Reuben Ebrahimoff

Bamidbar

 

 

The Haftorah for Parshat Matos

The Prophet Yirmiyahu’s Appointment, Visions of Future, and a Message of Hope

It is the first of the 3 special Haftorahs read before Tishah Be’av, the 9th of Av.

The Haftorah is read from the book of Yirmiyahu (Jeremiah), 1:1-2:3. 

Jeremiah - The Weeping Prophet By: Rembrandt

The connection of the Haftorah to the Parsha: The Haftorah of the first forty-one Sidrot, weekly torah portions, is related to, one or more points touched upon in its Sidrah. After the Destruction of the Second Temple however, the sages ordained that the Haftorah read on the three Shabbatot (Sabbaths) between the 17th of Tammuz and the ninth of Av, be drawn from the prophecies that forewarned the nation of the First Temple’s Destruction. On the Seventeenth of Tammuz, the enemies of Israel breached Jerusalem’s walls, and on the Ninth of Av each of the two Temples was burned to the ground. The three Haftorahs are called the Telasa De’pha’ra’nu’sa – the three of affliction. They are the opening chapters of Jeremiah and Isaiah, each threatening the dire consequences that would be visited upon Israel in response to its sinfulness. Nevertheless, each of the Haftorahs of gloom ends on a note of hope and inspiration.

A Drawing of the Holy Temple

The storyline of this week’s Haftorah: We are introduced to Yirmiyahu by being told that he is the son of Chilkiyahu, a Cohen that lived in the priestly city of Anatot, in the region of Binyamin, which was 2 miles north of Jerusalem. We are told that Yirmiyahu had a prophetic experience during the reigns of the kings Yoshiyahu ben Amon, king of Judah, in his 13th year as king. Yirmiyahu also prophesized in the days of Yehoyakim, son of Yoshiyahu, the king of Judah. While still in his mother’s womb, Yirmiyahu was approached by God and told that “from the time he leaves his mothers womb, he will be a prophet of the people”. He replied “I am not old enough to do this job” to which God replied “Do not fear, I will protect you”. In response to Yirmiyahu declining the position, Hashem reached out and told Yirmiyahu that he would let the necessary words flow from his mouth. Hashem spoke to Yirmiyahu in a vision and asked him “What do you see?” Yirmiyahu replied “I see an almond tree’s branch”. The almond tree sprouts faster than any other tree in the world. Specifically, it sprouts after 21 days, exactly the amount of days between 17th of Tamuz, and the 9th of Av (Tisha B’Av). This prophecy was symbolic of the rapid surrounding and destroying of the first Bait HaMikdash. Hashem to spoke to Yirmiyahu again, asking Yirmiyahu what he sees. Yirmiyahu replied that “he sees a boiling pot with its contents spoiling over from south to north”. This vision was symbolic of the outpouring of the enemy nation of Babylon. This is the prediction that the Babylonians will overcome the Jews in their own land. Hashem gives Yirmiyahu’s encouragement not to be afraid of the visions. The Haftorah concludes with Yirmiyahu’s first message to the Jewish people, and that was to do teshuvah, repentance.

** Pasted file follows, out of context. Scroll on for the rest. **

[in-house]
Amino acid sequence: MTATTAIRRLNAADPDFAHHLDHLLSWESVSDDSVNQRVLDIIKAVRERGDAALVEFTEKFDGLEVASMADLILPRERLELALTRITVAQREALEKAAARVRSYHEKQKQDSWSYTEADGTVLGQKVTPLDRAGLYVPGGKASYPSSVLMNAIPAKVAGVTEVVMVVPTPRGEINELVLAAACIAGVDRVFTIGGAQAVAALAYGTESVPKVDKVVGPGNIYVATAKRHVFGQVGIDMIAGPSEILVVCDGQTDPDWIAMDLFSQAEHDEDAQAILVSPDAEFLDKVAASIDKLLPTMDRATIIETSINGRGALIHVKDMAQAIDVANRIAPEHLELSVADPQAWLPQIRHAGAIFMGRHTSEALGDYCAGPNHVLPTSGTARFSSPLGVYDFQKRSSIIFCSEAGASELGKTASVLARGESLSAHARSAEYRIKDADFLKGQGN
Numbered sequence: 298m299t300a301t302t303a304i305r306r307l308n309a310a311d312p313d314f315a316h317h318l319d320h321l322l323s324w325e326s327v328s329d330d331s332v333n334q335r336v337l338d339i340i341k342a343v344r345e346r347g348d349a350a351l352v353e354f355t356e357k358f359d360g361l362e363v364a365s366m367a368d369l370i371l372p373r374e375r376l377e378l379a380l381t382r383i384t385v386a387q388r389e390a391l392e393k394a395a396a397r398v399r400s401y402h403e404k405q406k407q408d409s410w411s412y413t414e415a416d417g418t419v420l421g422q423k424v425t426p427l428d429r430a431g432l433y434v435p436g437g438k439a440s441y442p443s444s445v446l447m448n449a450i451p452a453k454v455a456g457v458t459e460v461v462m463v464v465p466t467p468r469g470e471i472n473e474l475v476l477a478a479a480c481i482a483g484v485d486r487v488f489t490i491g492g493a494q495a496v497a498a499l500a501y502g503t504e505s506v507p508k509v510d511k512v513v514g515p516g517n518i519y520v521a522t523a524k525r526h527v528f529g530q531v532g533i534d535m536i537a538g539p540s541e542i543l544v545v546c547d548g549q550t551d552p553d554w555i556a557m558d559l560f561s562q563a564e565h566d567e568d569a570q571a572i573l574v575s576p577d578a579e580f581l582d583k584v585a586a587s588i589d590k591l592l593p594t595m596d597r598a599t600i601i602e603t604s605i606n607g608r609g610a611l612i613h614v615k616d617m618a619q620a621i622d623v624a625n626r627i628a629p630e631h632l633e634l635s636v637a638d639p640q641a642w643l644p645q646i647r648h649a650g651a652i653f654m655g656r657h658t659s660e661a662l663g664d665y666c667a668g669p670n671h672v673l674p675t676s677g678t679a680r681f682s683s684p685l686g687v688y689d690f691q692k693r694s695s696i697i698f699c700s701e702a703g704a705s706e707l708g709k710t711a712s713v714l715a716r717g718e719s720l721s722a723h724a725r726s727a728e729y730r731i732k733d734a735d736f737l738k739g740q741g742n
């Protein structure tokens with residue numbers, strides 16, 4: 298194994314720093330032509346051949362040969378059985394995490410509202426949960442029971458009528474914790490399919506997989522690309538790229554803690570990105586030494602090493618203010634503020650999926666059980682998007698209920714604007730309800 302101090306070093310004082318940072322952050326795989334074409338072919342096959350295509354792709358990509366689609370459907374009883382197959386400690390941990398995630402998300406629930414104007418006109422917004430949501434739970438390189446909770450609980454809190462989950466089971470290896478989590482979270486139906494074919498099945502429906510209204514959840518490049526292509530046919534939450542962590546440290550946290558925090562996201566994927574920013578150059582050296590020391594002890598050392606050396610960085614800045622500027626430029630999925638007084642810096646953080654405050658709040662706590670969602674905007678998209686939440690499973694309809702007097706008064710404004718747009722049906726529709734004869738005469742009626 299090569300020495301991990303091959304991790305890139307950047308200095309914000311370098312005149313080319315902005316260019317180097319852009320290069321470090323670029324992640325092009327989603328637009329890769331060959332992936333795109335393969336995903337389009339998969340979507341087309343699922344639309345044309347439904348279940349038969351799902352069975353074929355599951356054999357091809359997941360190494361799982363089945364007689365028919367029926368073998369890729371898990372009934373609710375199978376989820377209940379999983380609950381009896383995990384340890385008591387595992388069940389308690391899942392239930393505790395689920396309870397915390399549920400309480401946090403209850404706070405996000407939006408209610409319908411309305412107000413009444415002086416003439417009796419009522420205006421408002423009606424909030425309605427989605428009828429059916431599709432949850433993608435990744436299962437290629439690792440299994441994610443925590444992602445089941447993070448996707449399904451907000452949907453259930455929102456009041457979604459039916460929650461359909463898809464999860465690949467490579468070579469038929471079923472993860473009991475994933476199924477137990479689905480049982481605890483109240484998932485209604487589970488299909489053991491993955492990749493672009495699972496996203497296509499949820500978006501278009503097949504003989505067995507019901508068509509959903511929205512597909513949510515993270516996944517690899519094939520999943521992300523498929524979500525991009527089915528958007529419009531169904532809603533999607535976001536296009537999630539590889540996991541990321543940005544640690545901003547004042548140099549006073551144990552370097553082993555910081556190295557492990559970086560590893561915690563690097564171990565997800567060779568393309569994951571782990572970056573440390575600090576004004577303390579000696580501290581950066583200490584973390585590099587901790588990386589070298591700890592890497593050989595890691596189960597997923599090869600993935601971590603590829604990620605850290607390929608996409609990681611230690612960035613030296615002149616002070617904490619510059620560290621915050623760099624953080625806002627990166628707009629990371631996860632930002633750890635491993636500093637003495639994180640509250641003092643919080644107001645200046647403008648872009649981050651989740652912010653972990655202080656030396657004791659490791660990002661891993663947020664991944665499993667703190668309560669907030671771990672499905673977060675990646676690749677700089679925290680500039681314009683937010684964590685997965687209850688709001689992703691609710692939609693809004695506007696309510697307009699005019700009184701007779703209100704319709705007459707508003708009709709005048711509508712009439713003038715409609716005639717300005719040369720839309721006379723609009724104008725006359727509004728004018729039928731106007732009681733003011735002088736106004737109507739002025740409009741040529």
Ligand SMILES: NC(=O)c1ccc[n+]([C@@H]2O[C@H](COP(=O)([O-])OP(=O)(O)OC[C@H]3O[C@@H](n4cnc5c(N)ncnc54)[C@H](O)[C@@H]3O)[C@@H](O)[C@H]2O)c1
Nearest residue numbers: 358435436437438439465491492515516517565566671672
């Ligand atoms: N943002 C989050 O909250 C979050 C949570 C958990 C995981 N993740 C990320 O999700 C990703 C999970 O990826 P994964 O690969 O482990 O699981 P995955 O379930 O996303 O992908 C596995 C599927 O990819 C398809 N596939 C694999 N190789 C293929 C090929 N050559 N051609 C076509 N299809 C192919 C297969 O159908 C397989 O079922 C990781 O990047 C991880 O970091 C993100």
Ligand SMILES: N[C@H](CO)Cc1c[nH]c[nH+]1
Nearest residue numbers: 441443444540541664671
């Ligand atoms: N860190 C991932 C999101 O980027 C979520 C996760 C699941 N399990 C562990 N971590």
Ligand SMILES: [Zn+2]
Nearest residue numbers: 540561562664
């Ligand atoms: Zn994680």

Yirmiyahu’s Biography:

  • The meaning of his name is “Hashem will elevate”.
  • Was born to his father Chilkiya, also a prophet, in 640 B.C.E., about 2650 years ago on Tishah Be’av in Anatot, 2 miles north of Jerusalem, in the land of Binyamin. He was born circumscribed, a sign of a spiritually elevated person.
  • Was a Kohen and a descendant of Rachav, the Yericho (Jericho) innkeeper that Yehoshua saved.
  • Spoke at childhood, cursing the day he was born. Began prophesying at age 18, continuing for 40 years.
  • Lived in Jerusalem. He never married, and had no children.
  • Was the head of the Mishmeret Hakohanim (The Guard of the Priests doing work in the Holy Temple).They were the custodians of the Ark of the Lord.
  • Known as the Weeping Prophet, for he endured the destruction of the Beit Hamikdash. Symbolically, he wore a wooden yolk around his neck.
  • His prophecies took place before, during, and after the destruction of the Bait Hamikdash (Holy Temple). Nebuchadnezzar King of Babylon destroyed the Temple. He remained in Jerusalem after its destruction with Gedalyah ben Achikam, the man whom the fast of Gedalyah is named after. Shafan was his scribe.  Shafan brought the scroll he found in the Bait Hamikdash to Jeremiah, which was originally written by Moses. It was open to the verse “Hashem will bring you and your elected King to a nation unknown to your fathers.” That scared people into changing their ways.
  • He was stoned to death after fleeing to Egypt, Alexandria.
  • Wrote 3 Books: His own, Yirmiyahu (Jeremiah); Eicha (Lamentations), read on Tishah Be’Av; and Melachim (The Book of Kings). The time span of the book Jeremiah was 66 years.
A drawing of The Israelites being exiled after Nebuchadnezzar burns down the 1st Bait HaMikdash.  Drawing: Temple Institute

A drawing of The Israelites being exiled after Nebuchadnezzar burns down the 1st Bait HaMikdash.

Drawing: Temple Institute

Famous phrases: Jeremiah 31:10, “Ki fadah Hashem et Yaakov u-gealo miyad chazak mimenu.” “For Hashem will have redeemed Jacob and delivered him from a hand mightier than him.” Recited just before the first blessing after Shema Yisrael during Ma’ariv.

Haftorahman’s lesson of the week: Hashem told Jeremiah the Prophet that he has to confront his fears and deal with them head on! Jeremiah was sent to earth to deliver the message of “repent or else”, without fear of the response.

Timeline: The Prophecies of Jeremiah took place in the Jewish Years from 3300 to 3337.

 

Timeline by: Ephraim Waxman, Dor L’Dor, Feldheim Publishing

 

Map: The Haftorah takes place in Jerusalem.

Written by: Reuben Gavriel Ben Nissim Ebrahimoff 5768-2008

E-mail: Haftorahman@Haftorahman.com

Haftorahman